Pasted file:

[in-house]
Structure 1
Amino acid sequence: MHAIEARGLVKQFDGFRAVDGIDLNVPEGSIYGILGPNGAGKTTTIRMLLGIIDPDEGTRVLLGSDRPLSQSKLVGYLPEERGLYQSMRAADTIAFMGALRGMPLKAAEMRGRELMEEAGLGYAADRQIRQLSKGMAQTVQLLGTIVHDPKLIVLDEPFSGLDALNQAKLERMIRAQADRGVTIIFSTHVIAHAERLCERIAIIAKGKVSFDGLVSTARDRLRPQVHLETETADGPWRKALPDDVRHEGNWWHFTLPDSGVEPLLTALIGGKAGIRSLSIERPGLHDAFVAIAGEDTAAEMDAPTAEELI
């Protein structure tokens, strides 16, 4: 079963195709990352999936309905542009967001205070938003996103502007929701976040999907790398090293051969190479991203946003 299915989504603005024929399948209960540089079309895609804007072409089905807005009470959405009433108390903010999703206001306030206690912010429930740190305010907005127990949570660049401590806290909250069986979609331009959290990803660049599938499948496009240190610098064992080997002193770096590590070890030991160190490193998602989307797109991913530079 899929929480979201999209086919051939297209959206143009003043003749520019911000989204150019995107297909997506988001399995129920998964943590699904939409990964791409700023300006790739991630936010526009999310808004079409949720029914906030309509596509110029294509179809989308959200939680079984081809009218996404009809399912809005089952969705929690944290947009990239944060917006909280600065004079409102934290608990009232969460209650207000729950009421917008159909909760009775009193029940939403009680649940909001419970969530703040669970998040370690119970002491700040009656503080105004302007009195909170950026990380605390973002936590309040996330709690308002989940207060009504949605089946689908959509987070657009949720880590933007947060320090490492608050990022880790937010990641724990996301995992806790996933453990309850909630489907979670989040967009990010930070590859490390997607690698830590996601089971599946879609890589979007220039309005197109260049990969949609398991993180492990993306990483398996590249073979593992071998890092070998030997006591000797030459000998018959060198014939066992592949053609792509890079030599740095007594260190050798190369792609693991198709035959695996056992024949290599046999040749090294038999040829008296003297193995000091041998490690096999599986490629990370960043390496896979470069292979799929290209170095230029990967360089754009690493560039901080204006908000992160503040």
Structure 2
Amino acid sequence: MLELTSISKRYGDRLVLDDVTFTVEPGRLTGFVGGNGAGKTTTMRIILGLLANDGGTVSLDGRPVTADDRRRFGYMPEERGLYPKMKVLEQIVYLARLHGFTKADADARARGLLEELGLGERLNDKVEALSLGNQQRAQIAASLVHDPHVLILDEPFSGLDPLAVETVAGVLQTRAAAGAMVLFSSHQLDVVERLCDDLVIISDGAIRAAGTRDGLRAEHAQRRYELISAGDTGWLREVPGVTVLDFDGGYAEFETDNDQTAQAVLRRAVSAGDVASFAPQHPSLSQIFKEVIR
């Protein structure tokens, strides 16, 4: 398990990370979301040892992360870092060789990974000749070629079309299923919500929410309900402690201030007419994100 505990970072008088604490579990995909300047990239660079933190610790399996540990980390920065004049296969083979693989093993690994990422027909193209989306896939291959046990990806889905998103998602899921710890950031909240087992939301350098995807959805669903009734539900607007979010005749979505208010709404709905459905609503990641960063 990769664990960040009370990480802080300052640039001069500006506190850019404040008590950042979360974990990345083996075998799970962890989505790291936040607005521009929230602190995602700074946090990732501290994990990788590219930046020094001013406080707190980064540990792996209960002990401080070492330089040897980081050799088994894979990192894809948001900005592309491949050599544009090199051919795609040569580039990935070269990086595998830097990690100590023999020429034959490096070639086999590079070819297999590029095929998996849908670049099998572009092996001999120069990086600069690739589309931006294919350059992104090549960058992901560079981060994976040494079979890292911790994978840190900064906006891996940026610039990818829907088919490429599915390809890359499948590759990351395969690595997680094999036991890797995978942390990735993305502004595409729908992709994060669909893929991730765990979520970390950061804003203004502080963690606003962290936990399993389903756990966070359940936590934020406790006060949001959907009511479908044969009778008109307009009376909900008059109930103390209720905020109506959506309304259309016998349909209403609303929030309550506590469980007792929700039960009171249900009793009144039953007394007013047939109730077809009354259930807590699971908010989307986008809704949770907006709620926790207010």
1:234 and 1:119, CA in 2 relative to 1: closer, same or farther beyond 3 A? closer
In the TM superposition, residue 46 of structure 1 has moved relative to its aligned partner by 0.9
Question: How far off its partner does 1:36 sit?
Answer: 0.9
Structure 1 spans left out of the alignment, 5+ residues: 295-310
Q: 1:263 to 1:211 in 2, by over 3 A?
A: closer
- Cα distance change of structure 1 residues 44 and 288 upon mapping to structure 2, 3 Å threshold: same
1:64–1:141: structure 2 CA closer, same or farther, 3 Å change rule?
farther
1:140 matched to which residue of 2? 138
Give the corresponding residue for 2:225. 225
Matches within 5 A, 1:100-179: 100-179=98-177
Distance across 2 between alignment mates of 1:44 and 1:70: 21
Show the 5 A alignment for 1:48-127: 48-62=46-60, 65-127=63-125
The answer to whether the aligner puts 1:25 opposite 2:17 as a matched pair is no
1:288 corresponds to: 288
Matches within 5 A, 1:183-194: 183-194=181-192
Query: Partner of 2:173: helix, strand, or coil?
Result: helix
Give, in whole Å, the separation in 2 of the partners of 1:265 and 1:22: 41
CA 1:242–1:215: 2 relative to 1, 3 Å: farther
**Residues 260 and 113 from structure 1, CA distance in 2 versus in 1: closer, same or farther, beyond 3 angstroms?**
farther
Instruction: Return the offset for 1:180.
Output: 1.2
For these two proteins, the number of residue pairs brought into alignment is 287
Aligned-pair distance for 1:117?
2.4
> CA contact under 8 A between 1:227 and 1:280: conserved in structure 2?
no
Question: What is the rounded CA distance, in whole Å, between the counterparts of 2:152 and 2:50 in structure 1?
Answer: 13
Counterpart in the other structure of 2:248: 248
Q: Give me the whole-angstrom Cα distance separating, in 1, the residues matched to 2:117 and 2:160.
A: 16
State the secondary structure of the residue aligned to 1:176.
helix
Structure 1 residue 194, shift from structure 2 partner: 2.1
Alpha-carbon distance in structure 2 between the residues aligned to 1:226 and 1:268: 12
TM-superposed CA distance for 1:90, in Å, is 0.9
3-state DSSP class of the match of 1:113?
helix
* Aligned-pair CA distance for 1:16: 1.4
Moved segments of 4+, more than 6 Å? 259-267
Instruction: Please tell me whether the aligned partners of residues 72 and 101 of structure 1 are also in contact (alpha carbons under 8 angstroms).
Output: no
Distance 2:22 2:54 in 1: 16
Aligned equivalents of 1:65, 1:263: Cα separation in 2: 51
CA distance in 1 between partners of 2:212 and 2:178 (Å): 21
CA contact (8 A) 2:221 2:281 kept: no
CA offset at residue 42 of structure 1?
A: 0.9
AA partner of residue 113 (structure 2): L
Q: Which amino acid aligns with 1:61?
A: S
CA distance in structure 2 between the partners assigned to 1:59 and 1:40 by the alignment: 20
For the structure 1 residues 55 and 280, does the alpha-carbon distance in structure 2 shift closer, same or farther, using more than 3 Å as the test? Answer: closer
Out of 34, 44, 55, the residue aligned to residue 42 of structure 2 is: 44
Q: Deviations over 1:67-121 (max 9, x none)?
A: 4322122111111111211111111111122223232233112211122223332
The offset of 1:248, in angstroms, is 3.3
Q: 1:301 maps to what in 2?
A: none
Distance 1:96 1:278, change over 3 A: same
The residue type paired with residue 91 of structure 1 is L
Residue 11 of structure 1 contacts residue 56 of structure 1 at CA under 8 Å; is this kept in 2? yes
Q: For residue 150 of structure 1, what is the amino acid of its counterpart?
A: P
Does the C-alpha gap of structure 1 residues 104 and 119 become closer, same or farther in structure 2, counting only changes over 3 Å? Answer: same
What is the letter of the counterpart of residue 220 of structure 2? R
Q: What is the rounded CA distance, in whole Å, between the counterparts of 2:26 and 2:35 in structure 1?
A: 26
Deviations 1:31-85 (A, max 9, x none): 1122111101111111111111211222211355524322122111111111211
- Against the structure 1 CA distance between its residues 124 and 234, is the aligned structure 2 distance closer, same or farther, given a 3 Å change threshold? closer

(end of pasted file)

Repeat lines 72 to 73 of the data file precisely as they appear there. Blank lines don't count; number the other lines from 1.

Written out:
Distance 1:96 1:278, change over 3 A: same
The residue type paired with residue 91 of structure 1 is L